Than Hussein Clark has cast actress and artist Selma Vaz Dias (1911–1977) in a lead role in one of his latest productions: the exhibition ‘The Paintings of Selma Vaz Dias’ and a musical theatre piece Chamber Music for Europe (Nonent for Selma Vaz Dias) (2019). In the former, Clark couples some of Vaz Dias’s paintings and works on paper from the 1960s and ’70s with his own sculptures (for example, Cancellation Telephone Table, all works by Clark 2019) and décor (such as Fractured Rothschild Curtain in the Manner of Eduardo Paolozzi), while his performance for nine members of Clark’s theatre troupe The Director’s Theatre Writer’s Theatre is based on Vaz Dias’s unpublished autobiography.
Born in Amsterdam to a Sephardic Portuguese family, Vaz Dias narrowly escaped Jewish persecution in the Netherlands when she moved in 1922 to London, where she enrolled in the Royal Academy for Dramatic Arts. By the late 1930s, she had established herself as a stage, television and film actress (with notable roles in films including Alfred Hitchcock’s 1938 film The Lady Vanishes). Author Jean Rhys credited her creative revival to Vaz Dias’s adaptation of her novel Good Morning, Midnight (1939) into a BBC radio play in 1949, which led to their ongoing friendship.
With permission from Vaz Dias’s estate, Clark selected a dozen or so drawings and paintings from an inventory of around 270 works. Some of these have been tastefully matted and framed, while others are supported by structures made by Clark. Take Guerlain Vitrine A for ‘Jewish Bureaucrat’ and ‘The Unknown Telephone Intruder!’ by Selma Vaz Dias’, a bespoke gilt, mirror and Plexiglas vitrine containing a pair of slight sketches that Vaz Dias affixed to pages torn out of books, or Easel for ‘Old Clown’ by Selma Vaz Dias, a leggy steel stand propping up an expressive portrait of a clown. Vaz Dias’s portraits and animal paintings bear 19th-century themes like the circus, absinthe drinkers and housemaids. Judging from their styles, one surmises that Vaz Dias was an autodidact, and true experimentalist.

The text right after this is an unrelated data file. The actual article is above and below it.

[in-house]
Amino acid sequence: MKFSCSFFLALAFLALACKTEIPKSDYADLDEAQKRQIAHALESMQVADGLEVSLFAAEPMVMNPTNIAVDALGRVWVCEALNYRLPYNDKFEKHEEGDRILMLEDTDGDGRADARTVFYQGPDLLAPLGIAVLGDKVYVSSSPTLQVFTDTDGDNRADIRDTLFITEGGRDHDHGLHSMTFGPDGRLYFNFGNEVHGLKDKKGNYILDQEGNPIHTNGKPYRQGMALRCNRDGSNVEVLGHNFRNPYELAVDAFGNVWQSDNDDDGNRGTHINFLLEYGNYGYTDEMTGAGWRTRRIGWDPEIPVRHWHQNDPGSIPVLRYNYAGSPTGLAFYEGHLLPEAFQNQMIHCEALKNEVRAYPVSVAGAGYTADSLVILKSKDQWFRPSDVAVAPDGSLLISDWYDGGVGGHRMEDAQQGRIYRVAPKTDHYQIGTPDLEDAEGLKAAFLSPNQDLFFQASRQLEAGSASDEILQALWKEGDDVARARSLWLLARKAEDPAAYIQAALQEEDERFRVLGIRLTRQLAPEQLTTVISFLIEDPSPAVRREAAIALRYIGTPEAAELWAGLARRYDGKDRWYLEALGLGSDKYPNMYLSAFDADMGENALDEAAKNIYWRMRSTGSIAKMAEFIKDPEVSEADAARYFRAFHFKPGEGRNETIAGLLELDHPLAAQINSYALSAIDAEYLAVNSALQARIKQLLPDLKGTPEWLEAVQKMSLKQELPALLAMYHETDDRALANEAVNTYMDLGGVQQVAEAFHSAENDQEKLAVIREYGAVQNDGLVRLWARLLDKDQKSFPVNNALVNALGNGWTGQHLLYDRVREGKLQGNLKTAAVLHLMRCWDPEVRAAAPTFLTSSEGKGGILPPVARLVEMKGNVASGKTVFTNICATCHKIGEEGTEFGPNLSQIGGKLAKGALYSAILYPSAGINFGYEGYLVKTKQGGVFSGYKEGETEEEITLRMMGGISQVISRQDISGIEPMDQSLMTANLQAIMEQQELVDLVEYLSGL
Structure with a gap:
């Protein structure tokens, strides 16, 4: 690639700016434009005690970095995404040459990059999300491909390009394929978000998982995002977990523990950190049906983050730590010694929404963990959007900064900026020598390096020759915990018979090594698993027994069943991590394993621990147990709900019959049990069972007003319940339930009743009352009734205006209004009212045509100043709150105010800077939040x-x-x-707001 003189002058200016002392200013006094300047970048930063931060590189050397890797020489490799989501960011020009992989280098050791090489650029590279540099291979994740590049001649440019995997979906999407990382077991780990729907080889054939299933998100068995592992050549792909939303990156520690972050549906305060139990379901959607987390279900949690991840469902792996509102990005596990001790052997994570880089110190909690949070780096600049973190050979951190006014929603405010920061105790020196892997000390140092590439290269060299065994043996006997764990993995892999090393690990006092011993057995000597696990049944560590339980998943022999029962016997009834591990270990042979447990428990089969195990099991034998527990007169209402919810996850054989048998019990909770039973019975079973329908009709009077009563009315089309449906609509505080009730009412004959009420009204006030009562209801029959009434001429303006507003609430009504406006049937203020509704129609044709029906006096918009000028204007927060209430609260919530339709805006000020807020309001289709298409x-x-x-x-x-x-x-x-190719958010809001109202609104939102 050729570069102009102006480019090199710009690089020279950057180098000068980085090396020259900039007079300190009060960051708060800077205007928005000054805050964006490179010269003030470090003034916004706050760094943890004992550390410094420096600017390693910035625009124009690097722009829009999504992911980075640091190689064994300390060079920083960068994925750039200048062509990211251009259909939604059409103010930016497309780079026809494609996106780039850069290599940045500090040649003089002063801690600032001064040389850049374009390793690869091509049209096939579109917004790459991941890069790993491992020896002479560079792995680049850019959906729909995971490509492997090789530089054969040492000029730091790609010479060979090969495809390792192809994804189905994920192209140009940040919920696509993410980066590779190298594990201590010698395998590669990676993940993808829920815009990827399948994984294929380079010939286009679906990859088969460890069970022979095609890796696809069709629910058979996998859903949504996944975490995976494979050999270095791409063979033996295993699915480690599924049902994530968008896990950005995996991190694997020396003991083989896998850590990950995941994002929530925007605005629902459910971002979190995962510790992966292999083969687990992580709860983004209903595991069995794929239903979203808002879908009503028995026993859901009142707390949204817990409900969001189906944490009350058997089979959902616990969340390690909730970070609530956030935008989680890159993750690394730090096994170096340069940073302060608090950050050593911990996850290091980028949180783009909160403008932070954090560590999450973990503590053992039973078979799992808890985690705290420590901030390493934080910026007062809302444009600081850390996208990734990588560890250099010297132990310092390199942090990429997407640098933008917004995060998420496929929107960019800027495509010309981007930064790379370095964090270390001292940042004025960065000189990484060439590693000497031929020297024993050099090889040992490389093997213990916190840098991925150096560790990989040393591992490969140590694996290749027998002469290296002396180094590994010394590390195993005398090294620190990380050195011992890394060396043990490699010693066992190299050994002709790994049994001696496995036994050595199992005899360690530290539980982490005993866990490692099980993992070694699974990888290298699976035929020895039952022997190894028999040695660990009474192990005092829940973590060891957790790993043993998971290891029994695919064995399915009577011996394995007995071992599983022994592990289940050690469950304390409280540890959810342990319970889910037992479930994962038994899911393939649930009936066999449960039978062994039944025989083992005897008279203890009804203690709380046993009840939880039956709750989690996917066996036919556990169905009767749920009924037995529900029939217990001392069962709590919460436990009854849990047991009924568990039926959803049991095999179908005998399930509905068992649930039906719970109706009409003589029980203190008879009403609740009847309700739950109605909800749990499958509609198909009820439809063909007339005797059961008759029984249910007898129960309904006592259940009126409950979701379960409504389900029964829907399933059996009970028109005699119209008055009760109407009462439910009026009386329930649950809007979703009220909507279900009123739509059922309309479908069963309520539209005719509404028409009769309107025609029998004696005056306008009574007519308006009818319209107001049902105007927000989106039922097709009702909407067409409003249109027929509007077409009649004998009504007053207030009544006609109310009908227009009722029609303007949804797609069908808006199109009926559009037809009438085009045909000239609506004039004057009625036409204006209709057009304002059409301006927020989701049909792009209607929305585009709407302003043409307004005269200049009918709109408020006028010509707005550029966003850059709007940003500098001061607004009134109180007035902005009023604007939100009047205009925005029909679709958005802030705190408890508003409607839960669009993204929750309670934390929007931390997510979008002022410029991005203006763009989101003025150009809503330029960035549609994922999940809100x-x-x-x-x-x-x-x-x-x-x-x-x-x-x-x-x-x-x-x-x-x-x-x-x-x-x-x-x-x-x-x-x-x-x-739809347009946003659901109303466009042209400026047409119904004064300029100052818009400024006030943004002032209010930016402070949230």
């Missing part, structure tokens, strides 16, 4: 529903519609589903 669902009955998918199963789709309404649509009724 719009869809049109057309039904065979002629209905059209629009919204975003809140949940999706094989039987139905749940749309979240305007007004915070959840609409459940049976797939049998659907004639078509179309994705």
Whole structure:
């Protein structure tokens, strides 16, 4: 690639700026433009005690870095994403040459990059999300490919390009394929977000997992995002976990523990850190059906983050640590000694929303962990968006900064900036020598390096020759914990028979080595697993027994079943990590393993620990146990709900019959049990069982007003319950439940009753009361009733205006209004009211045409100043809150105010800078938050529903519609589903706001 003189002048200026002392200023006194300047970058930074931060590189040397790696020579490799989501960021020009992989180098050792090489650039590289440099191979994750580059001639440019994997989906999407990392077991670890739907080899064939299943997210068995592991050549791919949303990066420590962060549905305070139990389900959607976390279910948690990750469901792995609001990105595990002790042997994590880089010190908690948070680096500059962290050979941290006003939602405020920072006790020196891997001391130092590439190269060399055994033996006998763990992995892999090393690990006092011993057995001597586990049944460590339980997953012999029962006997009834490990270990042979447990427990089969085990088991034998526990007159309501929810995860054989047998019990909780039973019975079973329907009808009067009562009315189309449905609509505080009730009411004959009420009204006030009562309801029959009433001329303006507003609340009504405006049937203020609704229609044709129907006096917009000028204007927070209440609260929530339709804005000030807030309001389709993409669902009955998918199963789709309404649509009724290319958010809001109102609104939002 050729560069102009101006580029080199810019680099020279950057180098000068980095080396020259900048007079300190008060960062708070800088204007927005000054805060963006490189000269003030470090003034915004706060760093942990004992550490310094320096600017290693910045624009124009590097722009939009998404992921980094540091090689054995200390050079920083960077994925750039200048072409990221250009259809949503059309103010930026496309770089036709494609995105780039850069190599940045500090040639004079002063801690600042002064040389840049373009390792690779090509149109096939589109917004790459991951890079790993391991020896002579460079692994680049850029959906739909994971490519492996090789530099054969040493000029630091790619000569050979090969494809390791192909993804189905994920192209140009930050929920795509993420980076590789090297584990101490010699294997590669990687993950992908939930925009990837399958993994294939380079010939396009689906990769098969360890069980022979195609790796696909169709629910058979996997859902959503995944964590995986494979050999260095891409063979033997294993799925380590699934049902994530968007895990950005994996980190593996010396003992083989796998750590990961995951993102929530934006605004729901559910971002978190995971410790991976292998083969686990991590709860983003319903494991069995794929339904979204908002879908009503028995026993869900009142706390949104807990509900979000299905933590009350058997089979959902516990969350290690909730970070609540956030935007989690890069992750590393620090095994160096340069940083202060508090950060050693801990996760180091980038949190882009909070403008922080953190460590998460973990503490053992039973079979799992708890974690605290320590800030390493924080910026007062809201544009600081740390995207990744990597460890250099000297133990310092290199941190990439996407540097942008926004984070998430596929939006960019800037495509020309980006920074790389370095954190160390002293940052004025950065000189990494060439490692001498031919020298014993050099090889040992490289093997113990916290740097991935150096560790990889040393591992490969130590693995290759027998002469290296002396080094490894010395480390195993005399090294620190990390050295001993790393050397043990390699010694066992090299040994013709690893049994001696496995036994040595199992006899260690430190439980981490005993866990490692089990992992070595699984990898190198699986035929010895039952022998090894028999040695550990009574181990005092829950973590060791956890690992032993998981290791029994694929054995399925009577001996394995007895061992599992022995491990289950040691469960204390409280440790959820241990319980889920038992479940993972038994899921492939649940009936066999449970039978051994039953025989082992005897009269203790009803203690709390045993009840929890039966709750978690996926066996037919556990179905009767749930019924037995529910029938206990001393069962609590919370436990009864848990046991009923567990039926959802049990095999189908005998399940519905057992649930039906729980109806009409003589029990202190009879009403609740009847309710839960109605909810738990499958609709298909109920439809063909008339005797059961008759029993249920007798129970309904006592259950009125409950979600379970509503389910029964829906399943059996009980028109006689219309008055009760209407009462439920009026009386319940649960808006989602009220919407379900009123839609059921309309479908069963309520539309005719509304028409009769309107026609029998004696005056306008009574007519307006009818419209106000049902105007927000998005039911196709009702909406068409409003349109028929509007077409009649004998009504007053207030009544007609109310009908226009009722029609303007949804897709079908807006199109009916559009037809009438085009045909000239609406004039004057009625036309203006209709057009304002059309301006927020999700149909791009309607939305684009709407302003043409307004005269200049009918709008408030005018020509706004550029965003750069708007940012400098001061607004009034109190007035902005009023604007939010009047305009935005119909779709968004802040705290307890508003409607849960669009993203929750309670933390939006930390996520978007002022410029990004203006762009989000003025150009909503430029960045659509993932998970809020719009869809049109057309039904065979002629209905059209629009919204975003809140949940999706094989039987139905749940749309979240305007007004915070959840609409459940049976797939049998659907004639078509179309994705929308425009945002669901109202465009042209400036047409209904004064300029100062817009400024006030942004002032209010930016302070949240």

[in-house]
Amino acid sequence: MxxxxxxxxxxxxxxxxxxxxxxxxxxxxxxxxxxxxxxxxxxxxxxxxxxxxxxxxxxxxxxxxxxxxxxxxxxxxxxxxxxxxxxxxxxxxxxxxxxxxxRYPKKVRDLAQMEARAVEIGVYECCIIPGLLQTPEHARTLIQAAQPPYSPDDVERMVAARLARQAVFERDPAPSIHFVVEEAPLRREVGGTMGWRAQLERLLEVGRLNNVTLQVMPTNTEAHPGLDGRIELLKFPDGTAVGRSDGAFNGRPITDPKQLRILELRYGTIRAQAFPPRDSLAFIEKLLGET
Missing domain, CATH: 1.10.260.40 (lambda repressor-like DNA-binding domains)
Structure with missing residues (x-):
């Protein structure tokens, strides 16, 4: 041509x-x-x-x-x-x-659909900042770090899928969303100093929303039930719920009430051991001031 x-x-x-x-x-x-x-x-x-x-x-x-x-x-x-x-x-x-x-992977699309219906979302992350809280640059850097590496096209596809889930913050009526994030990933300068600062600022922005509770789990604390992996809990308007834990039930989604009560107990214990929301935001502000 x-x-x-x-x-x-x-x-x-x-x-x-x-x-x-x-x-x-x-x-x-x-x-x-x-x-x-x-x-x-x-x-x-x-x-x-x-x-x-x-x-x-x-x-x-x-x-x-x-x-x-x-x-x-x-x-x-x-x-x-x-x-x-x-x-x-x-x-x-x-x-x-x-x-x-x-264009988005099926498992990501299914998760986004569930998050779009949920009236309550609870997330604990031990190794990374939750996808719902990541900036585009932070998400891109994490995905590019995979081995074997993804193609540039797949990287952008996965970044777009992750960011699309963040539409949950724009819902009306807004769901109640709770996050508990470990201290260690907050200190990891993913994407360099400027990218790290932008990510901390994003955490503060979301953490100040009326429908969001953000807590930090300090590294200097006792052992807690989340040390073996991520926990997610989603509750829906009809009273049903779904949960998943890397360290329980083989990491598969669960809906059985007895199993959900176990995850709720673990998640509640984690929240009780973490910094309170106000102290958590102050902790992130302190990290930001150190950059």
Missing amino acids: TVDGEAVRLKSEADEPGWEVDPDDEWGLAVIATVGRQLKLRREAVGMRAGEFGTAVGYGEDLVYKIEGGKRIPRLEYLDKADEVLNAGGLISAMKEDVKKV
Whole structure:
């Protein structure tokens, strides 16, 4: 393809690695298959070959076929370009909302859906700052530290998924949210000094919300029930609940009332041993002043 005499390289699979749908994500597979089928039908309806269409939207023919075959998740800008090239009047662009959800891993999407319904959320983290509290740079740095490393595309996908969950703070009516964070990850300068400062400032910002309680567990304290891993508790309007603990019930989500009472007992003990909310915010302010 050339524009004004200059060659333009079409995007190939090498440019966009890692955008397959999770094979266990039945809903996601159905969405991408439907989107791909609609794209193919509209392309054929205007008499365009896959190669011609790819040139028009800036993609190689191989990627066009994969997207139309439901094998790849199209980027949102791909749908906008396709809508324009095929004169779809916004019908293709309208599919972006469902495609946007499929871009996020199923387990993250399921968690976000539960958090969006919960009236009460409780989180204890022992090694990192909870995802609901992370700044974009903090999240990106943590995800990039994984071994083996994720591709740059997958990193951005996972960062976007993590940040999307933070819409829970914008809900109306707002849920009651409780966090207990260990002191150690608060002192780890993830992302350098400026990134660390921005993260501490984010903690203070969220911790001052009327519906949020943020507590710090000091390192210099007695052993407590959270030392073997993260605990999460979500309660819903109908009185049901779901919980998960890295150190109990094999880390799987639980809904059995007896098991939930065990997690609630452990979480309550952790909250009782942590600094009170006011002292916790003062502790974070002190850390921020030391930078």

Clark is known for his elaborate mixed-media approach to plot-driven art and exhibitions. This approach simultaneously queers and acknowledges the extant queerness of the historical and cultural record. Figures such as filmmaker Rainer Werner Fassbinder, travel writer Bruce Chatwin, writer Jean Genet, and author and artist Edmund de Waal, have all featured as players or references. ‘The Paintings of Selma Vaz Dias’ appears to be the first time Clark spotlights a female protagonist in a show that seems to want to level the gendered, generational field between them.
I’ve only seen a teaser trailer for Clark’s dramatic rendition of Vaz Dias’s autobiography and Clark withholds almost all of the vivid details of her life from his exhibition, which guises Vaz Dias as a visual artist, if not especially one of her time. Clark does, however, include a graphite drawing that warns of her death in 1977. Self After Deep Ray Treatment—Tenerife (1976) is a haunted self-portrait by Vaz Dias, exhausted at the end of her life, her gaze fixed and features drained and shadowed by age, illness and treatment for cancer.
This drawing throws a funereal veil over Clark’s appealing design aesthetic, as well as the rest of Vaz Dias’s artistic production dating from a decade prior. His puff-pink walls, muted brass, jet enamel and reflective chrome design elements elegantly conjure an art deco fantasy of the actress’s dressing room, which materializes in Dressing Room Door for Selma Vaz Dias (2019). Installed like a portal, the door is made of resin engraved with Vaz Dias’s artist signature, peppered on both sides with brass-ringed peep holes and mounted on a fragment of a stage floor. With Vaz Dias’s dying self-portrait nearby, and her life so allusively portrayed, it’s easy to mistake it for a memorial.
Main Image: Than Hussein Clark, ‘The Paintings of Selma Vaz Dias’, 2019, installation view, Damien & The Love Guru, Brussels. Courtesy: the artist and Crèvecœur, Paris; photograph: Mark Blower
Vivian Sky Rehberg is a contributing editor of frieze and course director of the Master of Fine Art at the Piet Zwart Institute, Rotterdam, the Netherlands. She lives in Rotterdam, the Netherlands.
First published in Issue 208